The European Court of Justice has ruled that UEFA and FIFA banning clubs from joining a breakaway league is unlawful.
The rules were brought in following the failed European Super League but league backers A22 claimed the rules were breaching competition law as UEFA and FIFA were abusing a dominant position with the court ruling in favour of A22. A22 chief executive Bernd Reichart wrote on X “UEFA’s monopoly is over. Football is free. Clubs are now free from the threat of sanctions and free to determine their own future. For fans: we offer free broadcasting of all Super League matches. For clubs: Income and solidarity expenses will be guaranteed.”
Whilst the verdict is a huge boost for the European Super League it does not necessarily mean that one will be imminent as teams saw the level of fan backlash in April 2021 with the failed attempt. The verdict was also damning of FIFA and UEFA detailing that the rules around commercial rights are anti-competitive and raising concerns that there is no one to check that they are operating legally unless a case is taken to court.
A driving force behind the creation of a new European competition, Barcelona have released this statement confirming their position as one of the biggest clubs in favour of the ESL.
“As one of the clubs driving the Super League project, FC Barcelona feels that the sentence paves the way for a new elite level football competition in Europe by opposing the monopoly over the football world, and wishes to initiate new discussions as to the path that European competitions should take in the future.” (The full statement can be found here)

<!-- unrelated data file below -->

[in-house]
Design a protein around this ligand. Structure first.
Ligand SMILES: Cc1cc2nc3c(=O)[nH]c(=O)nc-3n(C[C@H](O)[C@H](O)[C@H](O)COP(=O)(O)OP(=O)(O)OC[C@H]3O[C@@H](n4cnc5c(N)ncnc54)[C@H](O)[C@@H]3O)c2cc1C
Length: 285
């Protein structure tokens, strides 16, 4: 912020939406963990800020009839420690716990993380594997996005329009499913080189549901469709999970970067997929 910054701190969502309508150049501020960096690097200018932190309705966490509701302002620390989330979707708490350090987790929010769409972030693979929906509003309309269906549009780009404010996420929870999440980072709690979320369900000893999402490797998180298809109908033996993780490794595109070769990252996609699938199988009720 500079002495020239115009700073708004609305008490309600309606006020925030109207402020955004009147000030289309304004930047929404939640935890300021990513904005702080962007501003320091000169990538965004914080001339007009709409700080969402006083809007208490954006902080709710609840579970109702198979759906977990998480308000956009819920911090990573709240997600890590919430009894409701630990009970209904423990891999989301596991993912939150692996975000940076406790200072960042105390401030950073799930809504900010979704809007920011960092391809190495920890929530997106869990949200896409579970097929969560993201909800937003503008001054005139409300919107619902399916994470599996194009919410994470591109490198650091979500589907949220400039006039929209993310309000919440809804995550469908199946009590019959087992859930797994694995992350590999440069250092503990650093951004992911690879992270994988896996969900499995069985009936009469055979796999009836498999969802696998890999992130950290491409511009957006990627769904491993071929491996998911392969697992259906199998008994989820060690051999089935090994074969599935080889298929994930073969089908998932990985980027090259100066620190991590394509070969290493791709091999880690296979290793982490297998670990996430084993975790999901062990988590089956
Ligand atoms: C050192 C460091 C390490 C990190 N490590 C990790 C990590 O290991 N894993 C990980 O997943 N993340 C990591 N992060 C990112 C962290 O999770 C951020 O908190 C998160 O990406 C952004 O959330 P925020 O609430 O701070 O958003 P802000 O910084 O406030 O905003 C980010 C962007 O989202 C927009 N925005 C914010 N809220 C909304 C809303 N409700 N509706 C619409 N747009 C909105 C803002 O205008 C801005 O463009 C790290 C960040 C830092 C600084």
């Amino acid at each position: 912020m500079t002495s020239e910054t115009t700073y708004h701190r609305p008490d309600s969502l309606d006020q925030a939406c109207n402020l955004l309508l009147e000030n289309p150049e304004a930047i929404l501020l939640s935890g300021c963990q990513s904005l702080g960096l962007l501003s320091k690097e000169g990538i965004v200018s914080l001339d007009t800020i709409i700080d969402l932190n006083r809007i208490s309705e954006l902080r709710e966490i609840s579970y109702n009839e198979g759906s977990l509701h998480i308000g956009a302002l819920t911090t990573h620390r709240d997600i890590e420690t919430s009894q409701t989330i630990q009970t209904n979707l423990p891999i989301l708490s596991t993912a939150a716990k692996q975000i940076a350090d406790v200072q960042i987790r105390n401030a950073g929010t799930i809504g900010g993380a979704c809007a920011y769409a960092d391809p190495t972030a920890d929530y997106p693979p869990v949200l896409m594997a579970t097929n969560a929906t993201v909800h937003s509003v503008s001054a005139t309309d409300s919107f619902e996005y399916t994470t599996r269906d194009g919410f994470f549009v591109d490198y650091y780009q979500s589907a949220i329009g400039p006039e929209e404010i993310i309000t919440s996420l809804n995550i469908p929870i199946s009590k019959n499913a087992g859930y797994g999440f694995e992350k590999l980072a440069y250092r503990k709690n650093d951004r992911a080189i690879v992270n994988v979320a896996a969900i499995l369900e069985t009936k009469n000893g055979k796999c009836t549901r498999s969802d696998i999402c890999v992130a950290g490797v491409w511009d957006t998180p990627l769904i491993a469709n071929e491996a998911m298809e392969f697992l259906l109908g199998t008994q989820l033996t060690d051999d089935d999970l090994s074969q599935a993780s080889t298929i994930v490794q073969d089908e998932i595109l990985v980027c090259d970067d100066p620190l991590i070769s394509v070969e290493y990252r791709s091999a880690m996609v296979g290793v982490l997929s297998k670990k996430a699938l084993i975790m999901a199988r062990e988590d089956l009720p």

The UK government department of Digital, Culture, Media and Sport (DCMS) has released plans to bring forward legislation for an independent regulator in English football.
Their statement says: “We note the decision by the European Court of Justice’s judgement in regard to the European Super League.”
“The attempt to create a breakaway competition was a defining moment in English football and was universally condemned by fans, clubs and the government.”
“We took decisive action at the time by triggering the fan-led review of football governance, which called for an independent regulator in English football.”
“We will shortly be bringing forward legislation which makes this a reality, and will stop clubs from joining any similar breakaway competitions in the future.”
Following today’s ruling, The European Super League (ESL) have launched a new plan for men’s and women’s midweek European Competitions. In a change from the previous European Super League plans, participation will apparently be based on sporting merit, there will be no permanent members and the league will feature promotion and relegation. Fans will be able to view live matches for free on a new state-of-the-art digital streaming platform.